A Tale of Change in Two Organizations – CMMI

Recently I was talking with a company that has achieved the level 3 (defined) CMMI from the Software Engineering Institute that provides a measure of an organizations maturity and capability.  During this conversation, I had a flash to another company that had aspirations of being a level 3 but could never make it beyond their starting level of 1 (initial).  These two companies were markedly different though both companies handled software and both are in the automotive industry.

The lower scoring company has been around for many years and while having aspirations of being a CMMI[1] level 3 certified company is interesting, the ability to achieve it is something entirely different.  That takes planning and work.  The company that was relatively young could work to establish the performance expectation and processes as it was growing aiming toward the CMMI level as it was growing.  Meaning, they did not have to overcome as much inertia as the long standing company, there were fewer bad habits to correct at company start up and any bad habits are not engrained in the personnel.

Another very noticeable difference is the size and geographic distribution of the two companies.  The higher CMMI scoring company is located entirely on one campus; the other has a global footprint distributed across the globe with competing priorities and undefined and often conflicting responsibilities.  This exacerbates the inertia problem based upon habit.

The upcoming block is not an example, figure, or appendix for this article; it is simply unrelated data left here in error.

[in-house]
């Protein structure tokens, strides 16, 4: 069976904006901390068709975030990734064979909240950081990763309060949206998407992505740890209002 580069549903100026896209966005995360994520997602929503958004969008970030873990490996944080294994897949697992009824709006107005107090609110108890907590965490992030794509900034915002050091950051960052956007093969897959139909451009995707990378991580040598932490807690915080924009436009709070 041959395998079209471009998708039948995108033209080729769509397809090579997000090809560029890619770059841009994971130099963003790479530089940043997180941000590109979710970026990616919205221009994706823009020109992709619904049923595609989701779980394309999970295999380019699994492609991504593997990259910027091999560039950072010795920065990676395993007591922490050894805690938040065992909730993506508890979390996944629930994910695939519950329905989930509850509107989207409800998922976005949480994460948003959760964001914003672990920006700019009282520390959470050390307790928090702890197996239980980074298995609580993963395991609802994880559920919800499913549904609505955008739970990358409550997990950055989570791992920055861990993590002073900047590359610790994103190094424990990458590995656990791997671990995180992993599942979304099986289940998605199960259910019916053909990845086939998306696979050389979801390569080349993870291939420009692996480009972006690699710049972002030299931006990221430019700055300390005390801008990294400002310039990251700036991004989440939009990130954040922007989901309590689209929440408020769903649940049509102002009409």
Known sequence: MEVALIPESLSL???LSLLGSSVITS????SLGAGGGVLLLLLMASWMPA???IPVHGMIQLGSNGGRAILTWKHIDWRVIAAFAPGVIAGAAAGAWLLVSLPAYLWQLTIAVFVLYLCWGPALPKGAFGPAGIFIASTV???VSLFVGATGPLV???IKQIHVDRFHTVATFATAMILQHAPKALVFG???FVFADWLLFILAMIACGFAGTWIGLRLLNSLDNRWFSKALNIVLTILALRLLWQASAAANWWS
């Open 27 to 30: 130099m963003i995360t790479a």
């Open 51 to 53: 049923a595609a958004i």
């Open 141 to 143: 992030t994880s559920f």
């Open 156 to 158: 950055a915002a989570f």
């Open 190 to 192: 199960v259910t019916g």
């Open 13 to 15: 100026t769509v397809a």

I do not know enough about the higher CMMI level company but I do know the larger and inferior rated CMMI company frequently changes direction at the top, and does not drive the change initiatives through the organization. To make the change to something new requires persistence and patience to move from where you are to where you wish to be.  To be sure making a systemic organizational change does not happen quickly, especially for well-established companies with employees indoctrinated or inculcated to work contrary to the principles espoused in the new way of working.  To make the change requires focus on the objectives and taking deliberate actions that result in the end goal being achieved while adjusting to what is learned by doing the work.  It is not as simple as proclaim the objective and forget it like laser guided munitions; neither does the change happen with the big bang.

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